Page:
If you know anyone who seems to be easily distracted, prone to silly mistakes, and loses their valuables easily. One who can’t seem to stick to any task for a long time without quickly losing interest, and oftentimes fails to carry out instructions properly.
Or perhaps, you had come across those who would, for instance, walk into a busy photocopier shop and begin to complain about the crowd even before they had settled down. Then, they stand up and leave, return again and sat down. A few moments later, you catch them tapping their fingers on their laps or fidgeting. They appear like they can’t wait their turn to make their photocopy.
If you have, or maybe it could have been yourself, then you probably have an idea of what attention deficit is about. It is a chronic mental condition that presents an array of problems related to attention, hyperactivity and impulsivity. It is becoming a huge problem and scientists have made extensive researches on it, yet the cause of this disorder still hasn’t seen the light of day.
A report published in a journal suggests that astrocytes, a particular type of brain cells, may aid in the control of attention deficit problems. Astrocytes were once believed to be exclusively involved with vegetative and sustenance functions in neurons until recently when Baljit Khakh led a research into astrocytes.
Khakh was a professor of Physiology and neurobiology. In a previous research, his team showed that repetitive behaviors like those in obsessive-compulsive disorder were determined by the regulatory function of astrocytes in the striatum of the brain. The striatum is a part of the brain which is involved with a number of executive, cognitive and motor abilities.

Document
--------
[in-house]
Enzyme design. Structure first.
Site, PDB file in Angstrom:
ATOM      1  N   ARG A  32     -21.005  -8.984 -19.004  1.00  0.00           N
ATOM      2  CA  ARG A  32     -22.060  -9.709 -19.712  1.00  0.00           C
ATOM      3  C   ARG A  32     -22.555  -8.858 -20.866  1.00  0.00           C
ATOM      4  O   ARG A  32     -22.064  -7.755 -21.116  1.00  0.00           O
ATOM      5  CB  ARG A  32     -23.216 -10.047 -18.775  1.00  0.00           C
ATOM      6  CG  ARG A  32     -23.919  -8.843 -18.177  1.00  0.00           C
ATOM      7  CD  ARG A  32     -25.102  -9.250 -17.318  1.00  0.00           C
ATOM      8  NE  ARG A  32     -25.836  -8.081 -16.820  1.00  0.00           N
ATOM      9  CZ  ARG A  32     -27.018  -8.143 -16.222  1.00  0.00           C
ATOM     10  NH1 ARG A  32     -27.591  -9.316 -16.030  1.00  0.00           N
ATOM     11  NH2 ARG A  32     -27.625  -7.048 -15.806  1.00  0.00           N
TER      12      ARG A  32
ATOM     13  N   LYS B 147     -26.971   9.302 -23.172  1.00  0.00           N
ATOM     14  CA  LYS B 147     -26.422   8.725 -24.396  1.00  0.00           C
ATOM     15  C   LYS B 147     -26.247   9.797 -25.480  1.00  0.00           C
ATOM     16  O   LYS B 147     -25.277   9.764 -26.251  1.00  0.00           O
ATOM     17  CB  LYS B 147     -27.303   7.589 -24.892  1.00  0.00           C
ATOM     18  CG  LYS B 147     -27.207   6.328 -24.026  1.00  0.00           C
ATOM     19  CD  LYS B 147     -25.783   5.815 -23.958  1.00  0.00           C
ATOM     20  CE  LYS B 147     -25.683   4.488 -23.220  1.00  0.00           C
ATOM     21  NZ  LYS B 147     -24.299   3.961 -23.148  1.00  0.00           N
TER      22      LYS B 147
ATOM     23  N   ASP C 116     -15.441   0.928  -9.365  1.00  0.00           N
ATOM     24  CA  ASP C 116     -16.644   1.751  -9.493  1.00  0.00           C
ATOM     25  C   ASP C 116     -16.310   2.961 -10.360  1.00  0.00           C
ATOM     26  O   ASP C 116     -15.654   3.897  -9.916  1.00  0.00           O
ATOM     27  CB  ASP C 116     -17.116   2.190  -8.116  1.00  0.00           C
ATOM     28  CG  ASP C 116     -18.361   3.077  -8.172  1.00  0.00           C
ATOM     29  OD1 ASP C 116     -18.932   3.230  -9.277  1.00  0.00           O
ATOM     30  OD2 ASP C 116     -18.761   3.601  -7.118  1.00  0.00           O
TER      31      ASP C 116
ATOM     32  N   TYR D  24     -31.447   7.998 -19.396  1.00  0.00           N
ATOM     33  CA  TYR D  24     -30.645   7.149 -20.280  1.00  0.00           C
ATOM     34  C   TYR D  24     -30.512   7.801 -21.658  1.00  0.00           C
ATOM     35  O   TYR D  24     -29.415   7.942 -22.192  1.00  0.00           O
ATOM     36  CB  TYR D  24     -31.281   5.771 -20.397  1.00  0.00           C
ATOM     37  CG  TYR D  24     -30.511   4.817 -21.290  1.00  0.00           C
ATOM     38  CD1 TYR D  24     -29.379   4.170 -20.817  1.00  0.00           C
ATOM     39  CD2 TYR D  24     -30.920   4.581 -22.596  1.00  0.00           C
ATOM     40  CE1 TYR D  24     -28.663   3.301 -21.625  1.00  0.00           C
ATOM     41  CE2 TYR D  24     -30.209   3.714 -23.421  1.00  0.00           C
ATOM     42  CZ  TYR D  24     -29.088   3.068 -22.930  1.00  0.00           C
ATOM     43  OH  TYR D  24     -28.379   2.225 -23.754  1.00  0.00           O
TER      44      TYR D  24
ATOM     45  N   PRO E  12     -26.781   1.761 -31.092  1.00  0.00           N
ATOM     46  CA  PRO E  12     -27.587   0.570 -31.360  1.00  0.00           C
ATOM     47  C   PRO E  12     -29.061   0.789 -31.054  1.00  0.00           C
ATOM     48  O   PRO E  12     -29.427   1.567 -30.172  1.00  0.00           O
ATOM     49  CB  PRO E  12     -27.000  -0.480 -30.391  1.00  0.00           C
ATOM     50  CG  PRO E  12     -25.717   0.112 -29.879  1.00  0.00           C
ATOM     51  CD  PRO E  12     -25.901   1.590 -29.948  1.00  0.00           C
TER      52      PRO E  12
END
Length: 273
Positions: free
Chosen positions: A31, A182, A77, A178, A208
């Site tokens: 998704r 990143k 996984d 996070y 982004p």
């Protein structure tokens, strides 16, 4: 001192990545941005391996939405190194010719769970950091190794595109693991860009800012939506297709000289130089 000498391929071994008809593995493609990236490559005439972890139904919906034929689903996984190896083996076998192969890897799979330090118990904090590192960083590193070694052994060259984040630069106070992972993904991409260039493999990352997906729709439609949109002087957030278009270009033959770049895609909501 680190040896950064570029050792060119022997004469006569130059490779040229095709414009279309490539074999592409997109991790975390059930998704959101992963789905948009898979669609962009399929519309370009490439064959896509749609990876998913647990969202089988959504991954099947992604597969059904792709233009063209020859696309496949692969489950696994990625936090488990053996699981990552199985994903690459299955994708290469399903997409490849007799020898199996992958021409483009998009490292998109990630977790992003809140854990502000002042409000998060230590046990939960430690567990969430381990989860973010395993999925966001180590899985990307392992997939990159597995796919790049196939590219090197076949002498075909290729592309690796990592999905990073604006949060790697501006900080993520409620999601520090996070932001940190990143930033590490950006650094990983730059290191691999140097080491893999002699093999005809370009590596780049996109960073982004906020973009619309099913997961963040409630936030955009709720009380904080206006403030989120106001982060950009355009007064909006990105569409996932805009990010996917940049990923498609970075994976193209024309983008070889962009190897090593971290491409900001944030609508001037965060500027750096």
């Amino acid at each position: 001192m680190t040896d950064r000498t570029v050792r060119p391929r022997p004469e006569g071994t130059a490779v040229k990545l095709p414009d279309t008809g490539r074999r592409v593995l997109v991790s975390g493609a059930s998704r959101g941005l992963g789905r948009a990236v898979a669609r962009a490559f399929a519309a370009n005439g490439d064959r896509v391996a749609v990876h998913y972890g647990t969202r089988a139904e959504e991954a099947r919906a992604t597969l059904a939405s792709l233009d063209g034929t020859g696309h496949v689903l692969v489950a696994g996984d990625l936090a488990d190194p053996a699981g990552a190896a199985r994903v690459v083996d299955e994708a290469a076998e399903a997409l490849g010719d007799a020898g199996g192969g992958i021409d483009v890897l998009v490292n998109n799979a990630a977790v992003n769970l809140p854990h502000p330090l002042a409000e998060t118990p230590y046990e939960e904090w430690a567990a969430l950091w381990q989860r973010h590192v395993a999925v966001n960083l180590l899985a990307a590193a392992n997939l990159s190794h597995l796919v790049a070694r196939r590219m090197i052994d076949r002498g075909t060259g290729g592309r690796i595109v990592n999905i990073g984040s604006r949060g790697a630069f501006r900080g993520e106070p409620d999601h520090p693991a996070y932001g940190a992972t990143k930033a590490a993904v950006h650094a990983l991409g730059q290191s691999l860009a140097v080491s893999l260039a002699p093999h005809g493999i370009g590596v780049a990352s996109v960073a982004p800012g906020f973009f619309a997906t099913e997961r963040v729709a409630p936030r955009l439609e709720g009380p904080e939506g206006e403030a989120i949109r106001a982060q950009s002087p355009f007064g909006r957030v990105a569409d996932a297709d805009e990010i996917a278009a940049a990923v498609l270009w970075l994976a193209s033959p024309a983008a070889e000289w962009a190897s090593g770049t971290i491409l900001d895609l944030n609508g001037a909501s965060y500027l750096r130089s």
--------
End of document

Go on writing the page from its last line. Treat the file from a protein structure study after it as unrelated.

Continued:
In this recent study, Khakh and his team now sought to assess the effects of astrocytes on networks of neurons. But in the course of the new research, something unexpected was discovered by chance! The team happened to, perhaps, unravel how astrocyte signaling in the striatum also affects behaviours likened to attention deficit.
The team approached the research by employing a means which would increase the calcium signals in the astrocyte of mice. The adult mice had the astrocytes in their striatum incorporated with a specific type of receptor. A chemical which stimulated the receptor was Introduced, which greatly improved calcium levels in the astrocytes.
To examine how this alteration affected the behavior of these mice, each of them was put in an open area and allowed to browse. The treated animals exerted more activity than the others which tended to explore through much shorter distance. At first the greater level of activity seen in the treated ones was thought to be due to certain alterations in motor functions, but it was later shown that both classes of mices reacted similarly to motor requirements.
On close examination of their behaviours, the treated ones were found to also display an apparent lack of attention in specific behavioral areas, such as change in the amount of light and the presence of other new objects, in their surroundings, the way normal mice do. The team of researchers, then likened this behaviour to an attention deficit problem. This discovery formed the basis of the brain’s support network.
Subsequently, the research team made further inquiries into molecular changes which had probably affected the activity of the neurons, resulting in vivid changes in the mice. It was found that it was the release of the neurotransmitter GABA by the neurons of the striatum that led to a significant boost in astrocytes’ calcium levels; of which the boost in calcium levels in the astrocytes, perhaps altered the expression of a particular gene which coded for certain executive functions.
Consequently, the team of researchers strongly suggested that astrocytes can alter neurons to drive complex behavioural traits and characteristics, while also suspecting that this knowledge could be exploited to treat behaviours associated with mental illness using astrocytes.